In the seventh and final spot on the movement track, you only have the option of triggering a resource collection.  You can choose any one of the five landscape types and all players score this depending on how many tiles they have of that resource.  In the advanced game, there are three different double sided action tiles which can be placed on this spot and one of those six actions is chosen at the start of the game to be here.

The game continues until the final piece of the Colosseum is built.  At this point, the game immediately ends.  All players have received points along the way for building pieces.  In addition, there is some end game bonuses.  Each of the six tile types are evaluated.  If a player has sole majority in a tile type, he scores 4 VPs.  If there is a tie, all tied players get 2VP.  Further, each player receives 1VP per 3 cards left over at the end of the game.

My thoughts on the game

Die Baumeister des Colosseum is a really good family game.  As it stands now, it would be one of my personal nominees for Spiel des Jahres if I were a jury member.  The rules are easy to teach, the game plays quickly, and the 3D colosseum has the sort of eye-catching presentation that the jury seems to love.

That being said, there is actually a pretty good amount of game here. The first decision is where to move the consul.  The good news is – all of the information is out in the open, so you know what all your choices are.  Early on, there is a lot of tile taking – as you need to have tiles to build up your card collecting engine.  Of course, you could choose to gain wheels instead – and this will give you more flexibility with the consul movement. One important thing to also keep in mind is what your LHO may want to do.  If nothing else, you could move the consul as to block the action (usually a Colosseum tile build).  If torn between two equal non-awesome moves, sometimes it’s worth it to at least make your LHO’s turn less appealing as well!

The game escalates organically.  As play moves onwards, the Colosseum tiles require more and more cards to be built.  They are also worth more VPs (in general).  Of course, as players have collected more land tiles by then, each player is also getting more and more cards each time that they are scored.  A clever player can look at the different tile columns and see what are the chances that each type of tile will be scored in the future, and this may determine which land tile types he wants to get now.  At worst, you can trade them in at 3:1 as wild cards.

The artwork is simple and clear.  There really aren’t too many icons to deal with, and other than the rules, the game is language independent.  Now that we’re familiar with the rules, you honestly wouldn’t know that we had a DE-only version if I had taught you the rules verbally.

Games easily finish around 30 minutes, but there is a lot of jockeying and competition in that short time.  Near the end, there may be even a little sandbagging as players try to get in the right position to finish one of the final three tiles to the structure in order to gain the VP bonuses associated with those last three builds.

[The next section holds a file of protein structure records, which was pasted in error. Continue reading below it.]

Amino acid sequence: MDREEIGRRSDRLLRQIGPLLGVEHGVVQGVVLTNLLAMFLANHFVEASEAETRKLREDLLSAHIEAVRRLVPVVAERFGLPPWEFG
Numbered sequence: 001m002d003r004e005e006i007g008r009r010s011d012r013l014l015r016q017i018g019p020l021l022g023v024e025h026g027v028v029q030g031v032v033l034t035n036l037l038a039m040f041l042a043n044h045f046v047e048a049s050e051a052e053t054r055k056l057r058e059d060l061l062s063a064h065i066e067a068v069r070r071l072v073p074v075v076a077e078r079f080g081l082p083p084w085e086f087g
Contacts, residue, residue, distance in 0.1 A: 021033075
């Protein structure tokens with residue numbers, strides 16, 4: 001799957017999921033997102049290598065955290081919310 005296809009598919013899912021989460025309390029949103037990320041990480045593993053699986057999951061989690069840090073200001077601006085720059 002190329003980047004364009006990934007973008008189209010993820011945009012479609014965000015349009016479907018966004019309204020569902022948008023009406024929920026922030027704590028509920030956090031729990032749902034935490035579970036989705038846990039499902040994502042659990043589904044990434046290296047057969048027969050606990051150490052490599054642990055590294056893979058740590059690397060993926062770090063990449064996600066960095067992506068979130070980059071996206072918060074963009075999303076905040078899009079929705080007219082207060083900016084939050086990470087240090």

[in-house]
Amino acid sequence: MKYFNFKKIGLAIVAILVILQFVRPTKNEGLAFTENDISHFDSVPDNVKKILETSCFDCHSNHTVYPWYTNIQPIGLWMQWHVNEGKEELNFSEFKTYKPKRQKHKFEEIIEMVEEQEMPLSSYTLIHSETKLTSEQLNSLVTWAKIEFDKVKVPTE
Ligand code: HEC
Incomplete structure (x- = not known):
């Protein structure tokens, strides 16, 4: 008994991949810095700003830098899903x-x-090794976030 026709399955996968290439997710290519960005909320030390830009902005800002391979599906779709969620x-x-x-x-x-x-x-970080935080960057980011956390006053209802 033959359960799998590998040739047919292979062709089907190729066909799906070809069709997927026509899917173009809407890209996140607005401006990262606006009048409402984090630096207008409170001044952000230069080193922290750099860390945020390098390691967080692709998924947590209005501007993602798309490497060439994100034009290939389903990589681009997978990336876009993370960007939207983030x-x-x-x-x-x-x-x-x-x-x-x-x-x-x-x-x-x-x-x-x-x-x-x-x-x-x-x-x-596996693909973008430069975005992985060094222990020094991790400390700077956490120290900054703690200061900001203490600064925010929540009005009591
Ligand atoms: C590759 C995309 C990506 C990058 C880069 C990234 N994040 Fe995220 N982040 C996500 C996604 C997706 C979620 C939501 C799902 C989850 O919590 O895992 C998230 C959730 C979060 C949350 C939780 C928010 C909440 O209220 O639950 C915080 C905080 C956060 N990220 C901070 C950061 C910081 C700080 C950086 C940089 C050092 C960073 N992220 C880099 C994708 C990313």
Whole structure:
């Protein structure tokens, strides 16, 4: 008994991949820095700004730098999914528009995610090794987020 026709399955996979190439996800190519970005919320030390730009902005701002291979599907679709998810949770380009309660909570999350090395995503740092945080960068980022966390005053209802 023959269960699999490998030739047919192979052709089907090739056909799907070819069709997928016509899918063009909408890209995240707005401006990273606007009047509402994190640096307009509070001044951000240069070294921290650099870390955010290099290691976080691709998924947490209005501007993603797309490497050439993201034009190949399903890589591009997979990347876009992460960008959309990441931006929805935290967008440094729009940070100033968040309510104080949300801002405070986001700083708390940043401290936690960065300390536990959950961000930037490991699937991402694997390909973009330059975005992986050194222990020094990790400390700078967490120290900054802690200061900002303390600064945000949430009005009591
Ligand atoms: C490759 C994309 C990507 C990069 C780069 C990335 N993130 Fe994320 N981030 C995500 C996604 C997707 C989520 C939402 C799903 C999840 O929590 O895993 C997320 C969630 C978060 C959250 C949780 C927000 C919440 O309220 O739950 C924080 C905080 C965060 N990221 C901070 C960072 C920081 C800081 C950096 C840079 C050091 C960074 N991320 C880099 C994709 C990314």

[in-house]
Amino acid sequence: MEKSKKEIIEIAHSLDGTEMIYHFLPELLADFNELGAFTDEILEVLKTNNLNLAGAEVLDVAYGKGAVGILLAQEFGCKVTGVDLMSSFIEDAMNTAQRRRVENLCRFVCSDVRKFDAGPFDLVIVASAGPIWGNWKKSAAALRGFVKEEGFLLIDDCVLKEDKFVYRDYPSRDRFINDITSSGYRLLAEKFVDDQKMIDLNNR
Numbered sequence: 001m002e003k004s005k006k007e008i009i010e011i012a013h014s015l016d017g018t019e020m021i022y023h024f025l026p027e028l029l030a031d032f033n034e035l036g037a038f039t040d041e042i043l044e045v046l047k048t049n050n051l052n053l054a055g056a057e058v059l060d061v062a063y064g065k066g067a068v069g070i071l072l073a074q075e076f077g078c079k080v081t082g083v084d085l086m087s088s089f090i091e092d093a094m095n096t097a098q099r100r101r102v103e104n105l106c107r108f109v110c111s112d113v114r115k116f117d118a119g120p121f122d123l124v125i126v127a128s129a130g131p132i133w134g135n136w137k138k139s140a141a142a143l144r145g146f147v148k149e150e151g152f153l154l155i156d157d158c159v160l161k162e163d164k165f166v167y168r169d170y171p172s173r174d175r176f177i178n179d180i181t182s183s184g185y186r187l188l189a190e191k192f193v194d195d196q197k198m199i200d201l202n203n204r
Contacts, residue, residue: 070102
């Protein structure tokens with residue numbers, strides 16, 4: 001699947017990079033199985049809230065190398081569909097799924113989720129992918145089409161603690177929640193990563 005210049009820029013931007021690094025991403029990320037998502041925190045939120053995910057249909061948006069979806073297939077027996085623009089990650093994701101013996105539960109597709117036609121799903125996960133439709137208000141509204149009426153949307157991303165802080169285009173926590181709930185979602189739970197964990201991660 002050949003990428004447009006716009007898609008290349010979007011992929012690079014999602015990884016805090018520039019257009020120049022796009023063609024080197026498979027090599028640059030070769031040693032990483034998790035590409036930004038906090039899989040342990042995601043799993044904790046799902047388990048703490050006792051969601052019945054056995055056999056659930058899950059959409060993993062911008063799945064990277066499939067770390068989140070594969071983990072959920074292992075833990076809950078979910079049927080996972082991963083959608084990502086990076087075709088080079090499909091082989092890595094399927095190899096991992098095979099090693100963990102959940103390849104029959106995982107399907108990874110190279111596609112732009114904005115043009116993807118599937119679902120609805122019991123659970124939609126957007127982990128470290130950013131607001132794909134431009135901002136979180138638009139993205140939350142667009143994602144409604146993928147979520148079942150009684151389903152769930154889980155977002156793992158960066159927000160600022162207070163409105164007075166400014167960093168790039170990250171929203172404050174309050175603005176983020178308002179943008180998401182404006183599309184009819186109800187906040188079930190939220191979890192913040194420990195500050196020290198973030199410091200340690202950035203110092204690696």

The form factor is nice.  The 3-D board is nice to look at and the vac tray holds all the pieces nicely.  I actually found an extra piece of cardboard around to keep everything tightly in place, and I’ve been happy with the setup even without my beloved storage baggies…


Die Baumeister des Colosseum has been one of the pleasant surprises of Essen 2016 crop, and as I stated at the top, it is one of my current choices for SdJ nomination (with equal weight being placed on the game as well as the physical appearance).  For our group, it is a definite super filler, and one which should hit the table a number of times in the coming year.

Thoughts from other Opinionated Gamers

Joe Huber (4 plays): I’m not convinced that Die Baumeister des Colosseum has a Spiel des Jahres nomination in its future, but it’s certainly a possibility.  It’s a fun, light game, with enough going on to keep gamers involved.  But while I enjoy it, it also wore out its welcome in my collection, for me, after my 4 plays.  I’d still like to play the game more – but there’s not enough variety – and the game mechanisms aren’t thematic enough for me – to keep in my collection.  Dale is right about the 3D Colosseum – it is really nicely done.

Ratings from the Opinionated Gamers

  • I love it! Dale Y
  • I like it. Joe H., Doug G., Craig V
  • Neutral.
  • Not for me…


About Dale Yu

Dale Yu is the Editor of the Opinionated Gamers. He can occasionally be found working as a volunteer administrator for BoardGameGeek, and he previously wrote for BoardGame News.
This entry was posted in Essen 2016, Reviews. Bookmark the permalink.

Leave a Reply